Despite the bitter disappointment of losing their respective semi-finals, the two teams contesting the match for third place at the FIFA U-20 Women’s World Cup 2010 can hold their heads high. Both Colombia, in their maiden appearance at this tournament, and Korea Republic, who got off to a flying start here in Germany, surprised fans and experts alike by making it through to the final four.
On Sunday in Bielefeld, the two teams will be looking to make a little bit of history by securing their first podium finish at the event. One Korean player who will not need any motivation for the game is Ji So-Yun, who remains in the running for the adidas Golden Shoe as the tournament’s top scorer. The striker is currently in second place on seven goals and needs two more to draw level with Germany forward Alexandra Popp.
The big game
Korea Republic-Colombia, Bielefeld, Sunday, 12.00 (local time)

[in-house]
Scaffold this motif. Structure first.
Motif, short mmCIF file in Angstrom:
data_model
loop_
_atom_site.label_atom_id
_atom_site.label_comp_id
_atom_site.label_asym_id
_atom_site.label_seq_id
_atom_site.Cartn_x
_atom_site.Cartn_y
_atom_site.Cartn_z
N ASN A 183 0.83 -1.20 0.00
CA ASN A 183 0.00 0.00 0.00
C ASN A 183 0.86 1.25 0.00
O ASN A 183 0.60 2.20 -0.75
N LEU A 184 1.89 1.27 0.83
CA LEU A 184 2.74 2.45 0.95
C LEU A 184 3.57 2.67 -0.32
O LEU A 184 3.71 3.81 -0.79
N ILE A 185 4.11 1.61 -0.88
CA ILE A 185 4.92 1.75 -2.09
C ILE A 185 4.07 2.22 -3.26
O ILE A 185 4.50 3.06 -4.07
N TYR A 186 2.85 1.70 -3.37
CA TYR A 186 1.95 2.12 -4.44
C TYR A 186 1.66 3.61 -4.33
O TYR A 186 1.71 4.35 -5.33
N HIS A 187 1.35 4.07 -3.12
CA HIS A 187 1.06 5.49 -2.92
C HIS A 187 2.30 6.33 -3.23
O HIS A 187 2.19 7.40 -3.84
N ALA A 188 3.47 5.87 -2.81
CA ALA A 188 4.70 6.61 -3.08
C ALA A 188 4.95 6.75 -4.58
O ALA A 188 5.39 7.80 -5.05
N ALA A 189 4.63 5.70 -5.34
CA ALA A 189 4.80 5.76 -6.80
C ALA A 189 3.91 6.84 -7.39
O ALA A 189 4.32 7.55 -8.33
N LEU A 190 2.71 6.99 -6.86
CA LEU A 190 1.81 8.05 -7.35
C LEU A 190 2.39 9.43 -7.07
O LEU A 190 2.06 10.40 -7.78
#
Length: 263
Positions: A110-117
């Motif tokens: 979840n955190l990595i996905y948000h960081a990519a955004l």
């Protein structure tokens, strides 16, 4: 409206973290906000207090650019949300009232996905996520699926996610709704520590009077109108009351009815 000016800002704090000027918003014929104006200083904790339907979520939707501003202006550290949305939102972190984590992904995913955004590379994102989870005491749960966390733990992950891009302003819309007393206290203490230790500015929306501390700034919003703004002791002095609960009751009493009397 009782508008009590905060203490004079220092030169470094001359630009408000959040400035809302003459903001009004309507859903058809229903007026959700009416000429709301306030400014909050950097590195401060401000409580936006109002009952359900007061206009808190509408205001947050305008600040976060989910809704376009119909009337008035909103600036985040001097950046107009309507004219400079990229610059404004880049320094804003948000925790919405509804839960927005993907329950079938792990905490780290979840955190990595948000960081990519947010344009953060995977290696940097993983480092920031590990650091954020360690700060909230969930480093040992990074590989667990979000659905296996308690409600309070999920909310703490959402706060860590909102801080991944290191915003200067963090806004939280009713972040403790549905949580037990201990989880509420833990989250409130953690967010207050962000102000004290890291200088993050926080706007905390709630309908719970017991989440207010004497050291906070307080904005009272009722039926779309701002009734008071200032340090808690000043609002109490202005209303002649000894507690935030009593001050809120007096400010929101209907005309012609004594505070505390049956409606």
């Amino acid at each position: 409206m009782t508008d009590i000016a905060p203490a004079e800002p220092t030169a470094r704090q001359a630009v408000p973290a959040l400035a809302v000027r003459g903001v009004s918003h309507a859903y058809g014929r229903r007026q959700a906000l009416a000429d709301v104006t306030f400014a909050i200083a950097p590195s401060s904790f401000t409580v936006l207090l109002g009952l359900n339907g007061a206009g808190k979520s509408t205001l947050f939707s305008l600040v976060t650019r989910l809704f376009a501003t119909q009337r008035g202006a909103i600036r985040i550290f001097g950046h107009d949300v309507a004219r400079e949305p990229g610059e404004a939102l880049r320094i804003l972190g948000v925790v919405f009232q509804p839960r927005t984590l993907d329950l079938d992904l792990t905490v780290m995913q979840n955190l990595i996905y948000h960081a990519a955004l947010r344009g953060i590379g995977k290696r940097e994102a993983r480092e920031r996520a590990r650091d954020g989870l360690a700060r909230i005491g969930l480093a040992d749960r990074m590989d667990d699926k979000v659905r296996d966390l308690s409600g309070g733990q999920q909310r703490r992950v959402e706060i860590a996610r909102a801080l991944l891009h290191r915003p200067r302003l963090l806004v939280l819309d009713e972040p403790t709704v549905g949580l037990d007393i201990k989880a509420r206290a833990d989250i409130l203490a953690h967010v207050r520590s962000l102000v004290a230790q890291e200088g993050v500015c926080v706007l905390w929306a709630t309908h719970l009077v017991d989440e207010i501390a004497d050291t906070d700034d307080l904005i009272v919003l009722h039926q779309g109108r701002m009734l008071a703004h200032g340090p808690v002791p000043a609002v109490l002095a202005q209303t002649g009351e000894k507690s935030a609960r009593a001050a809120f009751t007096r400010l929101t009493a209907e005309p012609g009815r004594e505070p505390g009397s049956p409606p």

This match promises to be an veritable treat for football fans. While Choi In-Cheul’s team have shone throughout the tournament with their teamwork and slick passing, Ricardo Rozo’s squad has perhaps showcased more talented individuals. That said, there are plenty of technically gifted footballers on both sides, with Korea‘s Ji constantly catching the eye and Colombia’s Lady Andrade - who returns after missing their semi-final defeat by Nigeria because of suspension - giving opposition defences plenty to think about.
This will be the first time that these two countries have met in the women’s game. However, it will be the eighth occasion in this tournament that Asian and South American teams have faced each other. To date there is nothing to choose between the two confederations, with three wins apiece and one draw. South America has more experience when it comes to the third place match, though, with Brazil fighting for a spot on the podium three times between 2002 and 2006. Korea Republic, on the other hand, are the first Asian team to be involved in this fixture. The tie should be an entertaining one if previous editions are anything to go by – an average of 3.25 goals have been scored in previous third-place games, and twice in the past (2002 and 2006) they had to be decided on penalties.
3 – Three of the seven goals which Colombia have scored at Germany 2010 have come after the 80th minute, a trend the South Koreans will doubtless be aware of.
"Women’s football is coming on in leaps and bounds and is taking on more significance at international level," Choi In-Cheul, Korea Republic coach.